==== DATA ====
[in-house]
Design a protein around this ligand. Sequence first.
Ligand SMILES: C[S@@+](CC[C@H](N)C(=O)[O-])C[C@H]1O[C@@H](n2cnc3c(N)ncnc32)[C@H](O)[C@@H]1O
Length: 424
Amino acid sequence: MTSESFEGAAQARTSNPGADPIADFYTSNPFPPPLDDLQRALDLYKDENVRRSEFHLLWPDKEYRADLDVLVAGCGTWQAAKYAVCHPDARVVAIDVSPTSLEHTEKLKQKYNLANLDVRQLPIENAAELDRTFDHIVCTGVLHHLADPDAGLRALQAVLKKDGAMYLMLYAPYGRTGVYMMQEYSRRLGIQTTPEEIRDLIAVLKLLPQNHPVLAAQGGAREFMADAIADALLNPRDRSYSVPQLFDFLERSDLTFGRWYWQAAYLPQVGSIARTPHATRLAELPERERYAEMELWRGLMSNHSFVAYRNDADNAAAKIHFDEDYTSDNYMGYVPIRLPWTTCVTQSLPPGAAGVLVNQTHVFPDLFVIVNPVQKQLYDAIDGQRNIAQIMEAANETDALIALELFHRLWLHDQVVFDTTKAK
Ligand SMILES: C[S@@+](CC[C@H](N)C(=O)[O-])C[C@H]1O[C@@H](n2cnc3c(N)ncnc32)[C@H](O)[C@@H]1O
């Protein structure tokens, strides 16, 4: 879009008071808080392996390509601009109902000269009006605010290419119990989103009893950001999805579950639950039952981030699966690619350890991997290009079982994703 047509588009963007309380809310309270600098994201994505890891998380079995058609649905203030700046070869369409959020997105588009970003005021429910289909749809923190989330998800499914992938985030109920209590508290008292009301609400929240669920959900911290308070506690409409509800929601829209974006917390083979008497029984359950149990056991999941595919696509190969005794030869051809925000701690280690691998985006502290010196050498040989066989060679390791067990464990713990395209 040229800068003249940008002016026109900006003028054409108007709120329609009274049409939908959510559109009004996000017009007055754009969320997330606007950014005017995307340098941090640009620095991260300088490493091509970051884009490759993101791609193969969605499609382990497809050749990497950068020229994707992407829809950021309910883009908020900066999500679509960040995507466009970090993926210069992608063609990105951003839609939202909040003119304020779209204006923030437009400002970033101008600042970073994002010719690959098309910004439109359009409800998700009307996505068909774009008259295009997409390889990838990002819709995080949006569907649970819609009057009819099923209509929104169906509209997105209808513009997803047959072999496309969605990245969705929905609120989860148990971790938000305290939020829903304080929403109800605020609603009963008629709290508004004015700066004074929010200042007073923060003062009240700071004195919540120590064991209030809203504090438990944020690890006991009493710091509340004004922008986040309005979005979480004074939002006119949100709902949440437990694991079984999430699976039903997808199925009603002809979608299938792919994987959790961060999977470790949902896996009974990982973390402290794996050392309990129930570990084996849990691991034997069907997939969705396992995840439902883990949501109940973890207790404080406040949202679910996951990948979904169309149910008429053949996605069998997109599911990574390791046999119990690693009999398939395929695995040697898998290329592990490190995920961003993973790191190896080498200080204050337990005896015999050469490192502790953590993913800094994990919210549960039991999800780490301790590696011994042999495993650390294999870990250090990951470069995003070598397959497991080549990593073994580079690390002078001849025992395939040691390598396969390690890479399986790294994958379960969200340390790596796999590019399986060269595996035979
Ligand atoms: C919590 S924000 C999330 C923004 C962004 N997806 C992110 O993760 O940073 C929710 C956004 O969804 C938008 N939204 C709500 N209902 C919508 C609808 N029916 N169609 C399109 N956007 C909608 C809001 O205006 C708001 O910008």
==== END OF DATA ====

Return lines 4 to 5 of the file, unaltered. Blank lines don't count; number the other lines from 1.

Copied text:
Length: 424
Amino acid sequence: MTSESFEGAAQARTSNPGADPIADFYTSNPFPPPLDDLQRALDLYKDENVRRSEFHLLWPDKEYRADLDVLVAGCGTWQAAKYAVCHPDARVVAIDVSPTSLEHTEKLKQKYNLANLDVRQLPIENAAELDRTFDHIVCTGVLHHLADPDAGLRALQAVLKKDGAMYLMLYAPYGRTGVYMMQEYSRRLGIQTTPEEIRDLIAVLKLLPQNHPVLAAQGGAREFMADAIADALLNPRDRSYSVPQLFDFLERSDLTFGRWYWQAAYLPQVGSIARTPHATRLAELPERERYAEMELWRGLMSNHSFVAYRNDADNAAAKIHFDEDYTSDNYMGYVPIRLPWTTCVTQSLPPGAAGVLVNQTHVFPDLFVIVNPVQKQLYDAIDGQRNIAQIMEAANETDALIALELFHRLWLHDQVVFDTTKAK